Just a few years after the “Anatomy Murderers” Burke and Hare were apprehended in Edinburgh, two boys discovered these tiny dolls, each nested into a miniature coffin hidden away in the city park.
At first theories on the dolls' significance ranged from witchcraft to child’s toys, but eventually it began to seem that the 17 tiny figures could be effigies for the 17 murder victims a decade earlier.
Between 1827-1828 William Burke and William Hare lured in and murdered their lodgers in a scheme to provide fresh bodies to the local anatomy school. Dr. Robert Knox, a brilliant and well-known local anatomy lecturer, purchased the bodies and most likely knew that something was a bit suspicious about his supply chain.
The crimes were exposed when another lodger discovered the body of a previous tenant and reported it to the police. Burke and Hare were apprehended along with Burke's mistress, Helen McDougal, and Hare's wife, Margaret Laird. Despite finding the body of this last lodger in Knox’s classroom, ready for dissection, the evidence was not truly damning until Hare turned on Burke and gave a full confession. William Burke was hanged in January of 1829. His body was handed over for dissection, and his skeleton and a book bound from his skin remain in the collection of the Royal College of Surgeons, Edinburgh.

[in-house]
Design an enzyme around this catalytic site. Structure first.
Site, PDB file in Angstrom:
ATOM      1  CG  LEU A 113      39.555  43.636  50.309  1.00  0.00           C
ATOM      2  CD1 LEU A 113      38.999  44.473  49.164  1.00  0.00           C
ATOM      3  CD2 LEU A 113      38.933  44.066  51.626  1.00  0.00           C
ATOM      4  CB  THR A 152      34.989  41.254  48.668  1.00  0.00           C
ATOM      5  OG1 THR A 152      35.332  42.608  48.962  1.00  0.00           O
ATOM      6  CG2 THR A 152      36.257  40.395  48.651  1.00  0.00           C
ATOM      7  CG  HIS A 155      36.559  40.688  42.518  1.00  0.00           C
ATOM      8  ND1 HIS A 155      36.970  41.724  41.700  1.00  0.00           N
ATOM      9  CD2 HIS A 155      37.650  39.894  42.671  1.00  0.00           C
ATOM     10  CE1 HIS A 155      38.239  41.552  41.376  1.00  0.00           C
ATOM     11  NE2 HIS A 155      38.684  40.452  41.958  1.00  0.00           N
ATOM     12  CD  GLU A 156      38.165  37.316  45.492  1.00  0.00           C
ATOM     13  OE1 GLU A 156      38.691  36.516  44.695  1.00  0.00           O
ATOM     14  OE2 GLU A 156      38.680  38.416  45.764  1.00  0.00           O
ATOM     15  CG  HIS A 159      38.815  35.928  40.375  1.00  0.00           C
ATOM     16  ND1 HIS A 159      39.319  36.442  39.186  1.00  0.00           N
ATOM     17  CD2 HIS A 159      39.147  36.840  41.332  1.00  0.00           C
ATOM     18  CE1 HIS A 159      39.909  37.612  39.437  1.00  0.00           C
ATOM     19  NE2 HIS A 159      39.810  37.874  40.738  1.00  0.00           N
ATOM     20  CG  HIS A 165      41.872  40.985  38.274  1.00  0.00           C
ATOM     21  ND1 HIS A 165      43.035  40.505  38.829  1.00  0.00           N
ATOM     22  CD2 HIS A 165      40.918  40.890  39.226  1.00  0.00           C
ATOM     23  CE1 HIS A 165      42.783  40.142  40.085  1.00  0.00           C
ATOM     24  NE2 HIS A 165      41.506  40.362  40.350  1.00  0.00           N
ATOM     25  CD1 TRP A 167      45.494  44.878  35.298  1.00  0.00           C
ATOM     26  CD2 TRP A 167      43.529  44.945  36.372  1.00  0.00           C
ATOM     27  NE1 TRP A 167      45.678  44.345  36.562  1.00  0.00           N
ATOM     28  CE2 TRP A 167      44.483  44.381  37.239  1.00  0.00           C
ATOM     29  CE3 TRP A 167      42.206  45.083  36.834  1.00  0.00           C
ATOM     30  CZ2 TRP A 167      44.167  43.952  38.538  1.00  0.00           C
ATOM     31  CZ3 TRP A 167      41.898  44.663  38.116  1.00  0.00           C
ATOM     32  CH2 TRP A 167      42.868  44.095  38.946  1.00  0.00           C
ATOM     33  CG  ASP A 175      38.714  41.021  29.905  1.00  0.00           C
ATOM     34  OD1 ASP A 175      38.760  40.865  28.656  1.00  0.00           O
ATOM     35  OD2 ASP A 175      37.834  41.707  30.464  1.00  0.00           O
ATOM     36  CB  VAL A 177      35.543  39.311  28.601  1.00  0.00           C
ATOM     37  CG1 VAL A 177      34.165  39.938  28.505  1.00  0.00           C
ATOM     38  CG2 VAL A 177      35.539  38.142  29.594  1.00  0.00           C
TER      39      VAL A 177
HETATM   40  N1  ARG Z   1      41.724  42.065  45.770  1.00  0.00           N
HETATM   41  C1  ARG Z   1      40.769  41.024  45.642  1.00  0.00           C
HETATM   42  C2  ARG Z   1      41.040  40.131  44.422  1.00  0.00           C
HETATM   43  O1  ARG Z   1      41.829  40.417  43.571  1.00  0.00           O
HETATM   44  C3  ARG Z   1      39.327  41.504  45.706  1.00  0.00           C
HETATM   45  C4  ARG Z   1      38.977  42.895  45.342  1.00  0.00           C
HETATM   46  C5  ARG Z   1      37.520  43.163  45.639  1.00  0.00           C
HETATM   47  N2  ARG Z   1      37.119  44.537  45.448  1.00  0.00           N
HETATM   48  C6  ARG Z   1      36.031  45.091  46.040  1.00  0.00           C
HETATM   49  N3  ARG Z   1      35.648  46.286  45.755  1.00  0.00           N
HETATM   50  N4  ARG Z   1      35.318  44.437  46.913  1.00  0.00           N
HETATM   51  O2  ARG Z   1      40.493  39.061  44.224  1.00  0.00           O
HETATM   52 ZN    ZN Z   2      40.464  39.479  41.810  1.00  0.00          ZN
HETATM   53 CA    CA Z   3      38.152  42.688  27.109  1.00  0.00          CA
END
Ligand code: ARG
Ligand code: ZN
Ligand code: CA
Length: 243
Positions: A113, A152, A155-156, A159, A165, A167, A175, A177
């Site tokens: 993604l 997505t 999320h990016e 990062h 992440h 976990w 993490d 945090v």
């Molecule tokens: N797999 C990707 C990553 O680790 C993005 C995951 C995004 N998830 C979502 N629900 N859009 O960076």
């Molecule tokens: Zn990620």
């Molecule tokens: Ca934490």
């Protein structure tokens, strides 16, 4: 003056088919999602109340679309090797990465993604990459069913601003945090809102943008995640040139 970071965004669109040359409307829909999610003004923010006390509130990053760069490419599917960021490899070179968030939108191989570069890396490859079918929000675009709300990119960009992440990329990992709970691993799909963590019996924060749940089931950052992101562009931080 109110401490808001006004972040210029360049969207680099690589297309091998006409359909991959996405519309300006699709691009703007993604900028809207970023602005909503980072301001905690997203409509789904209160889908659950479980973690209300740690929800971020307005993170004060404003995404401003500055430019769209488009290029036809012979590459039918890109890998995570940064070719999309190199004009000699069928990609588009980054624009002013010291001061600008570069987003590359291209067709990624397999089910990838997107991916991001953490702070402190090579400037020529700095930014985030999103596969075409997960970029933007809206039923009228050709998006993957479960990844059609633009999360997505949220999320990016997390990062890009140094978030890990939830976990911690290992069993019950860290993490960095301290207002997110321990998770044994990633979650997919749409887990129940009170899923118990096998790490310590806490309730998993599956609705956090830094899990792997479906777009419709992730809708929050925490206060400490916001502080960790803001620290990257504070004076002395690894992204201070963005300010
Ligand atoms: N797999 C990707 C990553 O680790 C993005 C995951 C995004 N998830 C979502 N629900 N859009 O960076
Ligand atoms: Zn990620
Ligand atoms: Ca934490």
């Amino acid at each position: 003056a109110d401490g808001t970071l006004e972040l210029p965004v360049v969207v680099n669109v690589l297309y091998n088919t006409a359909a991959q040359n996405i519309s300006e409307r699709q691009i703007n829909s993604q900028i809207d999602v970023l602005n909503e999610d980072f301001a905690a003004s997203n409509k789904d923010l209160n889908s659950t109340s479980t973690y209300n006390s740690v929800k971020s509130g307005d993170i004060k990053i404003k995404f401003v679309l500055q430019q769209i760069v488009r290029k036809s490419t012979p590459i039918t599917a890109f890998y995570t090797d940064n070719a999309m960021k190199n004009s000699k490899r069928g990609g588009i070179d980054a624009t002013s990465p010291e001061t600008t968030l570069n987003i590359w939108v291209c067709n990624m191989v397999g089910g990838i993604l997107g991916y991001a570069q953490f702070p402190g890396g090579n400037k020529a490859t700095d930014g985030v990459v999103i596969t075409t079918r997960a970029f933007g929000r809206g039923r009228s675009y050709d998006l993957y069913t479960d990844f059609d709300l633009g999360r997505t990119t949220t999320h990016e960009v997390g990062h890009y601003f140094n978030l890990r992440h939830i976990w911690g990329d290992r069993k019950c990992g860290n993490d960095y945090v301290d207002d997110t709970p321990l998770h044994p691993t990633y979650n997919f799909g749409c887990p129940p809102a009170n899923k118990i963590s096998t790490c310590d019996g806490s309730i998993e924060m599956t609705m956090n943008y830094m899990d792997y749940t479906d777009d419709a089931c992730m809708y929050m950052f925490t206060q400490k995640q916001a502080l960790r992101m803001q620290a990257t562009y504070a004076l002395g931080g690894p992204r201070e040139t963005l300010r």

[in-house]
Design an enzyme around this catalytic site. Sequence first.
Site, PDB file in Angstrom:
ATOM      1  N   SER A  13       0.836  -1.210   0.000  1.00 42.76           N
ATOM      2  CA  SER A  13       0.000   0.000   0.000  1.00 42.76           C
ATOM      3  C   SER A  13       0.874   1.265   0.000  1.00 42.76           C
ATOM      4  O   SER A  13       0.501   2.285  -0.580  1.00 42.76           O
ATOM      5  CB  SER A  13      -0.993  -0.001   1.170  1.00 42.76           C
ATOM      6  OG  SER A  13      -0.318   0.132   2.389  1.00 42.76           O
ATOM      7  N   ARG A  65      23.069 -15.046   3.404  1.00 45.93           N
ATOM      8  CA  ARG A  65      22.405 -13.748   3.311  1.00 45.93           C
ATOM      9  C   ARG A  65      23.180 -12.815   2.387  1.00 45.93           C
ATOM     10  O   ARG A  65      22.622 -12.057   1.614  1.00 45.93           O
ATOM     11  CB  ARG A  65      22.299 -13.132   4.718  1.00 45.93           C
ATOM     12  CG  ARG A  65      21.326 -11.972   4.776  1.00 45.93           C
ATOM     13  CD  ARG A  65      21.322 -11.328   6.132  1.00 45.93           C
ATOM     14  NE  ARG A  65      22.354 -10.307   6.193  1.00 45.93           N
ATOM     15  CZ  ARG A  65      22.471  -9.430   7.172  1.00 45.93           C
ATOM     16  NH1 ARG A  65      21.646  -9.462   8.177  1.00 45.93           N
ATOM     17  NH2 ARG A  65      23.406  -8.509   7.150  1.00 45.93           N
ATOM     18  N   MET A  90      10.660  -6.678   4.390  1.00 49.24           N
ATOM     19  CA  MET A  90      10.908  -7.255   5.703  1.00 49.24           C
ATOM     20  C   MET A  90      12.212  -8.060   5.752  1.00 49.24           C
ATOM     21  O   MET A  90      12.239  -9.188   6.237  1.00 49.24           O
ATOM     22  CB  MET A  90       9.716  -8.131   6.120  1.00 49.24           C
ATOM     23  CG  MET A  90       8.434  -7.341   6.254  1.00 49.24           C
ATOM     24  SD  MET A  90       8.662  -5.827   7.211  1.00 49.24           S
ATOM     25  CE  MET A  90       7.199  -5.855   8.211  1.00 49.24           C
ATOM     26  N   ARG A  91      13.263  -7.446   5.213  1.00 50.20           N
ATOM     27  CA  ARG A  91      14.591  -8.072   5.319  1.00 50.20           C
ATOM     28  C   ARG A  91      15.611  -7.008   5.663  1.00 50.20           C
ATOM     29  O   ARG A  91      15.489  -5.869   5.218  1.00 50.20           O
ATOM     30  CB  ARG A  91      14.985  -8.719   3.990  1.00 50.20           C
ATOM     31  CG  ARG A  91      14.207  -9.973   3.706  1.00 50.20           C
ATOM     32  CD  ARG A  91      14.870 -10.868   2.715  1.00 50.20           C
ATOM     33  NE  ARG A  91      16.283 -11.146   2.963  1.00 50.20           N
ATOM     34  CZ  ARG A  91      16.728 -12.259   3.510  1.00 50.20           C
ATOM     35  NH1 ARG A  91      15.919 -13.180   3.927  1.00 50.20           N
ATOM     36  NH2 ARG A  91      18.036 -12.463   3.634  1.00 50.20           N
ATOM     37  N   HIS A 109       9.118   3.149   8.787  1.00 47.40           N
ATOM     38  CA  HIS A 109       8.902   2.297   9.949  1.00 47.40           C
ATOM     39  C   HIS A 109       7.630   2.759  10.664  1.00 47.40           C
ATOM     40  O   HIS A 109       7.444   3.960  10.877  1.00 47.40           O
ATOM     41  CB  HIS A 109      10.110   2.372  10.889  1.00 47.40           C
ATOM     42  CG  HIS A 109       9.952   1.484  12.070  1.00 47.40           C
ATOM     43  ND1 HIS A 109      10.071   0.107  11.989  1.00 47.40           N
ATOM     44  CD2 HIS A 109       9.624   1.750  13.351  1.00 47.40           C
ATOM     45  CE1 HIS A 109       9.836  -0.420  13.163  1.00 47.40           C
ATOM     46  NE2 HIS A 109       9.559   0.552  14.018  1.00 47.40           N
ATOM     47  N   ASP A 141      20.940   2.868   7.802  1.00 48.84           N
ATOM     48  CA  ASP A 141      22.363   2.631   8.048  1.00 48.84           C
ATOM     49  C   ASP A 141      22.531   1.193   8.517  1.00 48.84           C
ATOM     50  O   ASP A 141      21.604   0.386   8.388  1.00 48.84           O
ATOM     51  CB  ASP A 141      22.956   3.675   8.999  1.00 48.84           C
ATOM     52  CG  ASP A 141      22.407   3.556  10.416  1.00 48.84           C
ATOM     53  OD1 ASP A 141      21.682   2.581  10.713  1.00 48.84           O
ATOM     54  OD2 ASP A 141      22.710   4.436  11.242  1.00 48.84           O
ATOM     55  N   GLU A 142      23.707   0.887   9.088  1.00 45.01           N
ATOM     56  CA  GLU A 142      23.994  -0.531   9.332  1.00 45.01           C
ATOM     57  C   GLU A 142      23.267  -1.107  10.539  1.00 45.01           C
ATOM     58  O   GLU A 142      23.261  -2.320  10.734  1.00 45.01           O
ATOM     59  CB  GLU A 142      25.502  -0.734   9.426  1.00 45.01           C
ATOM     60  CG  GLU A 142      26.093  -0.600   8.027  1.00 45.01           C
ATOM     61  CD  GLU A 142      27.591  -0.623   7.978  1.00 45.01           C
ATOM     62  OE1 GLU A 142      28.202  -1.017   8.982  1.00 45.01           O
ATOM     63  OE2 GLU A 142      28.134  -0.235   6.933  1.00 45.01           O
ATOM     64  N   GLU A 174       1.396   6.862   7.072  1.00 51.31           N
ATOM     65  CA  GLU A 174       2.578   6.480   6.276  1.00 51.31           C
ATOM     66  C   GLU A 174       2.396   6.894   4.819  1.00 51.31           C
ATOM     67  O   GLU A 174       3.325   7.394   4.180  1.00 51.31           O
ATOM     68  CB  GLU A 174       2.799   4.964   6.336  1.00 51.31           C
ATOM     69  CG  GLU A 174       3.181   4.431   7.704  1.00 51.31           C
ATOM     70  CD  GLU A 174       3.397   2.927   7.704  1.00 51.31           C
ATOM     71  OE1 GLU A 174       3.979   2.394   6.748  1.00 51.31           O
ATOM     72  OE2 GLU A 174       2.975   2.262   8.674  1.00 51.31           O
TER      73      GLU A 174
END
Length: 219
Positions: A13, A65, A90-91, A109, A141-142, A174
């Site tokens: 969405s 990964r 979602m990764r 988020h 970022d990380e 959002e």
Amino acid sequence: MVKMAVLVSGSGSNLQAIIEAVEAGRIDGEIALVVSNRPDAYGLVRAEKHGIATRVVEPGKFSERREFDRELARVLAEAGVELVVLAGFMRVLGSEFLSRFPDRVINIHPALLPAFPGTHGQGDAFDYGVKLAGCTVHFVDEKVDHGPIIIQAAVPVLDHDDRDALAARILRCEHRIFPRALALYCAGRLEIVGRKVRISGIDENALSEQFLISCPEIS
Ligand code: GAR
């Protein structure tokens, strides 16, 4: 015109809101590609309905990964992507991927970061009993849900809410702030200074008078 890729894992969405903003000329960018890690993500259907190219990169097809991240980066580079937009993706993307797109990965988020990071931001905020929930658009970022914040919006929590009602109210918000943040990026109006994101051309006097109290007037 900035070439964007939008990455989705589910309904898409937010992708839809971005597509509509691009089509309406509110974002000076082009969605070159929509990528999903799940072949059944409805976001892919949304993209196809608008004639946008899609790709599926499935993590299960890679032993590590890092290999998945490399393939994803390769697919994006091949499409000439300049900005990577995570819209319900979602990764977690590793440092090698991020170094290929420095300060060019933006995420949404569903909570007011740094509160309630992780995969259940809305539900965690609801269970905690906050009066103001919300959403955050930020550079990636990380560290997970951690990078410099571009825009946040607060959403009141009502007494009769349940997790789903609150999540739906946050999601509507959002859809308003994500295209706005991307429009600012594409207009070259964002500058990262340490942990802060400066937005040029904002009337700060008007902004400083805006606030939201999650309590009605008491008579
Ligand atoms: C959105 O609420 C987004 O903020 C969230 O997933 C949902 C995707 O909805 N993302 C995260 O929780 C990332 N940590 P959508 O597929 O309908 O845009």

The four-inch-long dolls were in the hands of a private collector until 1901, when eight of them were handed over to the National Museum of Scotland where they can be visited today. Although it is generally agreed that the mysterious little dolls are associated with the crimes of Burke & Hare, no one is certain who among the killers created them. DNA studies conducted in 2005 using DNA extracted from Burke’s skeleton attempted to prove that they had been created to assuage the guilty conscience of William Burke, but the test proved inconclusive so the truth of their creation may never be known.
Burke's death mask, skeleton, and a book bound in his skin are across town at the Surgeon's Hall Museum.